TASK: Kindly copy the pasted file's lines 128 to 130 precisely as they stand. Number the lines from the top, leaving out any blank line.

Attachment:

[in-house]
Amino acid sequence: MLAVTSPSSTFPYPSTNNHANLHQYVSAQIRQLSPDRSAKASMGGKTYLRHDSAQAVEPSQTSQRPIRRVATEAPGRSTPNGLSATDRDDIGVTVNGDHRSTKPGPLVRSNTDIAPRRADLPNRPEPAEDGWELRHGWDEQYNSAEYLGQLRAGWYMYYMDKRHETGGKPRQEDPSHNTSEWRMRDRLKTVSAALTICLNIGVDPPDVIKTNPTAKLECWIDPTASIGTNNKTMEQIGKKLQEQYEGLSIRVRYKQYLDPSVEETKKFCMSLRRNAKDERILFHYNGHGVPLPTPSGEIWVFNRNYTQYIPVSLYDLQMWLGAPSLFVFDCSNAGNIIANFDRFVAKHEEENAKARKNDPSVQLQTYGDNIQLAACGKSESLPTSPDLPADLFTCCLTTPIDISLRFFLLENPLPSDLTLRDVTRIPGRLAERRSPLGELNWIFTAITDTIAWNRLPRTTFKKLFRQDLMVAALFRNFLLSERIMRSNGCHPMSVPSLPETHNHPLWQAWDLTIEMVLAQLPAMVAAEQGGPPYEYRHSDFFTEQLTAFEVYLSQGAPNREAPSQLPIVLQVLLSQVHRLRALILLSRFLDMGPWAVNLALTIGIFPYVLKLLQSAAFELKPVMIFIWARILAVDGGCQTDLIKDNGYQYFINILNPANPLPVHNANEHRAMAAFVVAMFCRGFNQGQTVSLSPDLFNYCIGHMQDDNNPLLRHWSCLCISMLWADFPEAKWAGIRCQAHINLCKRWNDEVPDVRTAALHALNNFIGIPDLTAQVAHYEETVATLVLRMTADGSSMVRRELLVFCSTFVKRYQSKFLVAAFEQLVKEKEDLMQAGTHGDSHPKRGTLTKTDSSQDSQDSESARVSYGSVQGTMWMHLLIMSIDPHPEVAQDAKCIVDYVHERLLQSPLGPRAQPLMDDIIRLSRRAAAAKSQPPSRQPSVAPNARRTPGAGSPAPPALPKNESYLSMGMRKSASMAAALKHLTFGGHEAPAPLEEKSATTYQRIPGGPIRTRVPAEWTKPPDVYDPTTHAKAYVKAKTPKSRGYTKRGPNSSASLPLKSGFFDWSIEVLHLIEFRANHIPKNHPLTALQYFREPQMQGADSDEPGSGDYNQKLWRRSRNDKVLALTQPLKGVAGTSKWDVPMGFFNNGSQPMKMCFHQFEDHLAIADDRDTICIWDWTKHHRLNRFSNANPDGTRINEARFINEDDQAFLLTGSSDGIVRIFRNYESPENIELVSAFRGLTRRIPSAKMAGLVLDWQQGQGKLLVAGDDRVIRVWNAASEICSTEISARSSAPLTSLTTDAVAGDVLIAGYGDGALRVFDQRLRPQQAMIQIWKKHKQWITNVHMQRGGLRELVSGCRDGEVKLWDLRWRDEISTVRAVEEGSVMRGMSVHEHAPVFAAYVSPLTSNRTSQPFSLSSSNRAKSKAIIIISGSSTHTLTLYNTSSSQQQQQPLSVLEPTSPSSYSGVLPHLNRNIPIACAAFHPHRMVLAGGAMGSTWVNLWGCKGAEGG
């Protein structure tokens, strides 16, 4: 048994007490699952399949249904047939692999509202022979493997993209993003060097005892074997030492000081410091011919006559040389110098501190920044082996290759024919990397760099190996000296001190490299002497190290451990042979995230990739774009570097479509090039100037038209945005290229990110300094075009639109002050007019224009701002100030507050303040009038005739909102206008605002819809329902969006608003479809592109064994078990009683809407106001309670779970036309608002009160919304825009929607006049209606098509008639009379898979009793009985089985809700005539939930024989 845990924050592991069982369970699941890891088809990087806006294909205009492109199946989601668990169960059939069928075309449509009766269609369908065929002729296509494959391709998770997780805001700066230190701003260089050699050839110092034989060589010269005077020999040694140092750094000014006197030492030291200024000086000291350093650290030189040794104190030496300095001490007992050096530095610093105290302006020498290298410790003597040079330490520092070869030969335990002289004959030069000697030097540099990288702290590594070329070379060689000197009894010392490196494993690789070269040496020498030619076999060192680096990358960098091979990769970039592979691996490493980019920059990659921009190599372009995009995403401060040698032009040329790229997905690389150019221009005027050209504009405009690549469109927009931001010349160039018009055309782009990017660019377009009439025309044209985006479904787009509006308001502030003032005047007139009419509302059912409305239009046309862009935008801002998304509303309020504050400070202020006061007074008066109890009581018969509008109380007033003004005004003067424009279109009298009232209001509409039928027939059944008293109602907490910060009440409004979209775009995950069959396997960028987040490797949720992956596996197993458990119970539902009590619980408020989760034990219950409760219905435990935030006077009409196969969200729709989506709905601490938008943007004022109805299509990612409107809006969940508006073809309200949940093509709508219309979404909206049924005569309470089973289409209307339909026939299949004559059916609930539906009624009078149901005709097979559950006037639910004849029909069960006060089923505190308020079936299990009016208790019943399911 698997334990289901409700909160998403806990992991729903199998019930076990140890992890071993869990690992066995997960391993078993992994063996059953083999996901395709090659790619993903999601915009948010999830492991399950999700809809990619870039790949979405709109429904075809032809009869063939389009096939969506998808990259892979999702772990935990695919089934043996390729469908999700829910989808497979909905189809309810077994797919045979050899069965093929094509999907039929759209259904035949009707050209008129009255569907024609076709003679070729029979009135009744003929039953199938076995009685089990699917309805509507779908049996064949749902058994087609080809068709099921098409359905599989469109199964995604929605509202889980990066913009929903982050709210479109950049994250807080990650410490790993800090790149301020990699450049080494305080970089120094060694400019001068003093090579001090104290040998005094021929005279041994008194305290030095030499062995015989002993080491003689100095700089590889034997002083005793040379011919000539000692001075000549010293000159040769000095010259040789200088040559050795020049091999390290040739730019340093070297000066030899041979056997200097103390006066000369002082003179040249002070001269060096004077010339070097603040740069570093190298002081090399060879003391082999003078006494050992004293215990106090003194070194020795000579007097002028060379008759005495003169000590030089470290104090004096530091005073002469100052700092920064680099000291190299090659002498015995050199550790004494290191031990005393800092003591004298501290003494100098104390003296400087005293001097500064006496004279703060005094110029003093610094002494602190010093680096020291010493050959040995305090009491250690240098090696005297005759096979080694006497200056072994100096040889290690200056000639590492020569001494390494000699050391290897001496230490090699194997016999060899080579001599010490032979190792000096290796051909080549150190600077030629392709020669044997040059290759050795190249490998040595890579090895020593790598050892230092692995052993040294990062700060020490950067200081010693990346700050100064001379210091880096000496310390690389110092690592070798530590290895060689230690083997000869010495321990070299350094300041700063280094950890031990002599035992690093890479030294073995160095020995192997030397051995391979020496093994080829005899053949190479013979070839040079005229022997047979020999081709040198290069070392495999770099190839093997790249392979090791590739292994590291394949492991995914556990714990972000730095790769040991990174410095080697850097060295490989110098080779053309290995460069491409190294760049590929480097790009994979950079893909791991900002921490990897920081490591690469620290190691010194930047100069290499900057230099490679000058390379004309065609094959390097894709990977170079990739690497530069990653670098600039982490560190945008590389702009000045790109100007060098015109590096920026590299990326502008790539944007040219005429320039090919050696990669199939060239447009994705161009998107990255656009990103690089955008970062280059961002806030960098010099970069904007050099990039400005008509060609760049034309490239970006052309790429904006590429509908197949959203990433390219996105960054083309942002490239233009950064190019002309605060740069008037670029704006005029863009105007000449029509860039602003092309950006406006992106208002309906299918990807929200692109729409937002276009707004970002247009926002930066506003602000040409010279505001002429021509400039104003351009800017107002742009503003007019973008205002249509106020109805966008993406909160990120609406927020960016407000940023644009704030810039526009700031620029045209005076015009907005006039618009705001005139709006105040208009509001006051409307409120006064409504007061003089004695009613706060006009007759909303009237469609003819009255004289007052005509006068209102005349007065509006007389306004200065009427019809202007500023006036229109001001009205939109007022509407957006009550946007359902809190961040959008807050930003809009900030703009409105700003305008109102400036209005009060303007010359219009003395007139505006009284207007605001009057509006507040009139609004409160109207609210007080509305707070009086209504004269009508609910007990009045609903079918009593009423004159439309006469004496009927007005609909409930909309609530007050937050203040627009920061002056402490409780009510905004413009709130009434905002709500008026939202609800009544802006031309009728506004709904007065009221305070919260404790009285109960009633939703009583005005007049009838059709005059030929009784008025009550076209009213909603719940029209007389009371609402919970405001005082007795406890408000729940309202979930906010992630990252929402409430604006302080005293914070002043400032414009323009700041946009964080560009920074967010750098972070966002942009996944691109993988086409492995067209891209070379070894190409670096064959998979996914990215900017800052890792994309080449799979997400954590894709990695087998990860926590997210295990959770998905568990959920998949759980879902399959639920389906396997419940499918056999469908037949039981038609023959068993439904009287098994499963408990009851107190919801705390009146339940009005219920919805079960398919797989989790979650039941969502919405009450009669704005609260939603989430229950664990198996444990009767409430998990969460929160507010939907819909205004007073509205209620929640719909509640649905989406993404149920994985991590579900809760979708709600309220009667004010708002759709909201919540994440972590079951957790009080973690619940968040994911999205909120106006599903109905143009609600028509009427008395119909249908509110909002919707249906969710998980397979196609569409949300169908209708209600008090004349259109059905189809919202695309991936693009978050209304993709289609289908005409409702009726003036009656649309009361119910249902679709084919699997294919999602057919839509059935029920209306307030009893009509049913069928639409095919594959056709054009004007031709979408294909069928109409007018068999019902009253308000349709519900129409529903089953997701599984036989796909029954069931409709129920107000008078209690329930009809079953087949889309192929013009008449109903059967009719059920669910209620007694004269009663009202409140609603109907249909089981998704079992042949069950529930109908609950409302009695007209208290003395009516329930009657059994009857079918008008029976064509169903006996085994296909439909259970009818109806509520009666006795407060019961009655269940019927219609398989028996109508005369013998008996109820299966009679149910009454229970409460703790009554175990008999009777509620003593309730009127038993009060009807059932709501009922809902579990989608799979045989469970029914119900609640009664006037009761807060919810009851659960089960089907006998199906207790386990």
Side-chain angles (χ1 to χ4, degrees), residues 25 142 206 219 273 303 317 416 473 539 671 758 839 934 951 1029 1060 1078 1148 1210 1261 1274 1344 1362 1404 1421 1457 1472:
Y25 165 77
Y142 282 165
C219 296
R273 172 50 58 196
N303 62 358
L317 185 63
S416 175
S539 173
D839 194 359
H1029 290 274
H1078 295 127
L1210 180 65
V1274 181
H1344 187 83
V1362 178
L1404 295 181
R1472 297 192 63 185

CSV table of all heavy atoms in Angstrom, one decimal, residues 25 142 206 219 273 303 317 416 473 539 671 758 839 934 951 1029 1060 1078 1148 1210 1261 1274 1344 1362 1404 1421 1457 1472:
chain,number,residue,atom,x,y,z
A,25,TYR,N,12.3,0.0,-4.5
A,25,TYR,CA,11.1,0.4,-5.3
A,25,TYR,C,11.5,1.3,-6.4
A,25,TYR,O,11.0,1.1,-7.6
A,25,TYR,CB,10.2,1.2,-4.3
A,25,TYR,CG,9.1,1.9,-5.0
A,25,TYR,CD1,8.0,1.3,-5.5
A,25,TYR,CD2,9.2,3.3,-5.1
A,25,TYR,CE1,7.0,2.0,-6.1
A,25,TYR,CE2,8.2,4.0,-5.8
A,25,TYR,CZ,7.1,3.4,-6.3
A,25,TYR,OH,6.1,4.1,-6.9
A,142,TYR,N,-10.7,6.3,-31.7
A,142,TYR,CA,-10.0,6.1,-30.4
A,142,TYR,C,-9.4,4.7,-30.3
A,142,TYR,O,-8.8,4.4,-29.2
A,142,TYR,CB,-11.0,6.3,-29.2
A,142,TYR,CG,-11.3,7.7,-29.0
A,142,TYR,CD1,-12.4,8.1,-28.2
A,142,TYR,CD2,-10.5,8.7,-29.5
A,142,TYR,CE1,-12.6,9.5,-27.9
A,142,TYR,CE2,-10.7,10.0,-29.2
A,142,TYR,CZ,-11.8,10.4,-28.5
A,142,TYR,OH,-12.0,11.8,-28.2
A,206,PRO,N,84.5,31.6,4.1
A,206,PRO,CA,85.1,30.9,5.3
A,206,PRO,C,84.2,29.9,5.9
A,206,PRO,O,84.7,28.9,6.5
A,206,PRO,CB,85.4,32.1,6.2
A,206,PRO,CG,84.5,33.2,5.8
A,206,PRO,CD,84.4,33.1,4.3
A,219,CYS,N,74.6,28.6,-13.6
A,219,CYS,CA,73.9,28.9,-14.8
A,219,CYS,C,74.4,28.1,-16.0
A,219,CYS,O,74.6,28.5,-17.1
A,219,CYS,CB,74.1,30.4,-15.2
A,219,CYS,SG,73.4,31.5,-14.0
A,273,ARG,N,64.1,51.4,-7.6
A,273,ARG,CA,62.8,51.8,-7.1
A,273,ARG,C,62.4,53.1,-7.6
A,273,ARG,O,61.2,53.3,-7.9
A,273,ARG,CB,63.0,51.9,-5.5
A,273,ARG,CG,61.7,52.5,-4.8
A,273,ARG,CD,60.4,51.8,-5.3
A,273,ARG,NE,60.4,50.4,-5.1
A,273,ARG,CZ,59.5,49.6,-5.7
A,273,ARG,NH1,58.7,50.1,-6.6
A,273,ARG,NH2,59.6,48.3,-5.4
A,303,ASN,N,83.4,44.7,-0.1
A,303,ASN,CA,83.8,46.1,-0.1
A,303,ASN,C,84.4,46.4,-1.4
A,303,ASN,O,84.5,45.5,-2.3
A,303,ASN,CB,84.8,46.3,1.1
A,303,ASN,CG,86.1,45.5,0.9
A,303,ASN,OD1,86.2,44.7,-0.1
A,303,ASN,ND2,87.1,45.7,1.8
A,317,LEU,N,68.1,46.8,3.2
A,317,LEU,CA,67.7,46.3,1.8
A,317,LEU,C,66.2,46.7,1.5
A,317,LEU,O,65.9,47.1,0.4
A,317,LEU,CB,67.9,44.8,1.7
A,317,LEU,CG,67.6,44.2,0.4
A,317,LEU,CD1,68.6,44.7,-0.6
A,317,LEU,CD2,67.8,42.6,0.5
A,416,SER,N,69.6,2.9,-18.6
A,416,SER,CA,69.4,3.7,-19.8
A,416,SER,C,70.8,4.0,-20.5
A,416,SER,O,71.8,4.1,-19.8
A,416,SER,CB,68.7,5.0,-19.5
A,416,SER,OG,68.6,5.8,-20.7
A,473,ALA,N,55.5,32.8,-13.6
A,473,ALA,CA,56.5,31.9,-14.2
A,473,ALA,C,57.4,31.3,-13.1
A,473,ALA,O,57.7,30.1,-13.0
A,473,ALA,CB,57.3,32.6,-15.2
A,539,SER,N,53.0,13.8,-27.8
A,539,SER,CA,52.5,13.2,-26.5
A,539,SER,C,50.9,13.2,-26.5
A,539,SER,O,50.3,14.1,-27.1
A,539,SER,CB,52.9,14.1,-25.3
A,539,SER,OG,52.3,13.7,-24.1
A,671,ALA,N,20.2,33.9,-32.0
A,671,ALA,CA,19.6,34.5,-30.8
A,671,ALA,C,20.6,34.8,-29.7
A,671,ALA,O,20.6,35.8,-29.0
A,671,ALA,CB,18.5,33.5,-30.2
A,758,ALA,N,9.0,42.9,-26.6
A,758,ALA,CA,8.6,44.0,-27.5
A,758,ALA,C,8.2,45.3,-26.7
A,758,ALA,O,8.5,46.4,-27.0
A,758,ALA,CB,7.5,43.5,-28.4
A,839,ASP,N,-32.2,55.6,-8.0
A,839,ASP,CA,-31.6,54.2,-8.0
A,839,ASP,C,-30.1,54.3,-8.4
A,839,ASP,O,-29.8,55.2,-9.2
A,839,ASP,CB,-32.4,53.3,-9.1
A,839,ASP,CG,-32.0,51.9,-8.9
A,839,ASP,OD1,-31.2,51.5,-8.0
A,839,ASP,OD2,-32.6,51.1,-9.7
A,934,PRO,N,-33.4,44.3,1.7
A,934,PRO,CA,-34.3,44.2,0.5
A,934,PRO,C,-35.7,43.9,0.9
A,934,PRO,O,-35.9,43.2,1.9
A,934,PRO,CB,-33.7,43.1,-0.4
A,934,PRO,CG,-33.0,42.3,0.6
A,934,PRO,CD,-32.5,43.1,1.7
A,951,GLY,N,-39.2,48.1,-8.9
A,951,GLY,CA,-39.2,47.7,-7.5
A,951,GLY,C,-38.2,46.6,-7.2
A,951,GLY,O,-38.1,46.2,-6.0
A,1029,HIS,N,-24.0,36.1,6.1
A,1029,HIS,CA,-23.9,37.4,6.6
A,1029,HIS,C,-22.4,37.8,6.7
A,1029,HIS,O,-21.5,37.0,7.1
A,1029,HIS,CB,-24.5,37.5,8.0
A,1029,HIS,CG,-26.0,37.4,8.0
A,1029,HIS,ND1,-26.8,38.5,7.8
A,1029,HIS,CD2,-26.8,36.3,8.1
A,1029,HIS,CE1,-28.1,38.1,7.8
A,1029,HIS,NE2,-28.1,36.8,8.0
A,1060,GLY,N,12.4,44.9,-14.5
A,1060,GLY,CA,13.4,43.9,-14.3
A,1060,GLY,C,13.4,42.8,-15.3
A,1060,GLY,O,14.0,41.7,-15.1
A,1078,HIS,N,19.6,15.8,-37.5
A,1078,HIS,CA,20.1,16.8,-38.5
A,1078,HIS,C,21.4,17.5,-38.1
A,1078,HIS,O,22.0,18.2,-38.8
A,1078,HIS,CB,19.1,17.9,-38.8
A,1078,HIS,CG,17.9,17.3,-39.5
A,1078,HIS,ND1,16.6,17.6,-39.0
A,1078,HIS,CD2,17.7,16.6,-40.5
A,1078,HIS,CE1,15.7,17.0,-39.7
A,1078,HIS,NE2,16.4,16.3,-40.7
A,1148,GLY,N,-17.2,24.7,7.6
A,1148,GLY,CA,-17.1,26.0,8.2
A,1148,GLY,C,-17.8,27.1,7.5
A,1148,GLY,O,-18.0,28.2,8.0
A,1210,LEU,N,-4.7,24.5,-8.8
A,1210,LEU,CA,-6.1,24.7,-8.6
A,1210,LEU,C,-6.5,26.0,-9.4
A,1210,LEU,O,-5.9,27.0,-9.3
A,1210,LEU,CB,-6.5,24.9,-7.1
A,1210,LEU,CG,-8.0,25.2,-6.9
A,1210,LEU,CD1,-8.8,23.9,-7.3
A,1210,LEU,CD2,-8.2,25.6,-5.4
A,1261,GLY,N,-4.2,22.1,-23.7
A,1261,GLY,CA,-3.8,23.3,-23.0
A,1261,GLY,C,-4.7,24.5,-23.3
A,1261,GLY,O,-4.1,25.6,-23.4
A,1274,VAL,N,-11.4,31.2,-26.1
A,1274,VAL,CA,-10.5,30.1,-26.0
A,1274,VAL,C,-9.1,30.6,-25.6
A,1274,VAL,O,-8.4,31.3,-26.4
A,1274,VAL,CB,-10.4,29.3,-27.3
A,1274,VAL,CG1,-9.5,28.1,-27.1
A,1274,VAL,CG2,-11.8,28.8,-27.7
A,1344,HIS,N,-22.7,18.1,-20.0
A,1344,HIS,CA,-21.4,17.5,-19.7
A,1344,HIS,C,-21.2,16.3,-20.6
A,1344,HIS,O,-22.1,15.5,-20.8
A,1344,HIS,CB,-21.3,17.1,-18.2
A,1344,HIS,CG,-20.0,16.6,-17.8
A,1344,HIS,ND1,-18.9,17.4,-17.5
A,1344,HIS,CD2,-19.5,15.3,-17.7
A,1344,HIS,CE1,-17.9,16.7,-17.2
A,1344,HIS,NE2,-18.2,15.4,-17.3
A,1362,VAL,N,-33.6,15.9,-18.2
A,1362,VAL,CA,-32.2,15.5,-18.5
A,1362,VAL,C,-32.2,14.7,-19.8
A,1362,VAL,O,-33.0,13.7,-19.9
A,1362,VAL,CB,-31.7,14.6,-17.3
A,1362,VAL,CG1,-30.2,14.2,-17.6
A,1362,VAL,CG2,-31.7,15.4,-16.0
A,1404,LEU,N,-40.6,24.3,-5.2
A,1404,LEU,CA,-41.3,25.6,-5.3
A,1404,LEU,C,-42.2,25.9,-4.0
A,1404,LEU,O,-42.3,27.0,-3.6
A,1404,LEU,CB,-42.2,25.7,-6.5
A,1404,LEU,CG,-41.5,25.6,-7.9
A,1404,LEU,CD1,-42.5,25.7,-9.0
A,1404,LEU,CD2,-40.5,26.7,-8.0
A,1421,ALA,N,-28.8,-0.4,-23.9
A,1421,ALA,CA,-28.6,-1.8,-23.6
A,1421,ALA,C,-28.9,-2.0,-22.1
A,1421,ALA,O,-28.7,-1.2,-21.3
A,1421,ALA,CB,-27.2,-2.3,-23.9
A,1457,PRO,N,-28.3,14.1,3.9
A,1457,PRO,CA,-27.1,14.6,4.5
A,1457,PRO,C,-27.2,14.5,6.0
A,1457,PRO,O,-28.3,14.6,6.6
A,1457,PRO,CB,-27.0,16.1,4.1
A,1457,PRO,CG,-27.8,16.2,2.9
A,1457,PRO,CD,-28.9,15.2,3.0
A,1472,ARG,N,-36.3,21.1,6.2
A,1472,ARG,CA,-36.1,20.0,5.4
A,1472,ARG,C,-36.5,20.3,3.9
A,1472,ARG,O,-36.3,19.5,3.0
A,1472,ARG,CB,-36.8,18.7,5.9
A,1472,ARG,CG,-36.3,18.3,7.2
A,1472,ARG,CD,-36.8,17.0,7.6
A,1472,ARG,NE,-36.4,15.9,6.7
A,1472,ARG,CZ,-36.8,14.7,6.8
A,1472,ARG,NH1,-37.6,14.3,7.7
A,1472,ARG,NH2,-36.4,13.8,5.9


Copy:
A,934,PRO,CG,-33.0,42.3,0.6
A,934,PRO,CD,-32.5,43.1,1.7
A,951,GLY,N,-39.2,48.1,-8.9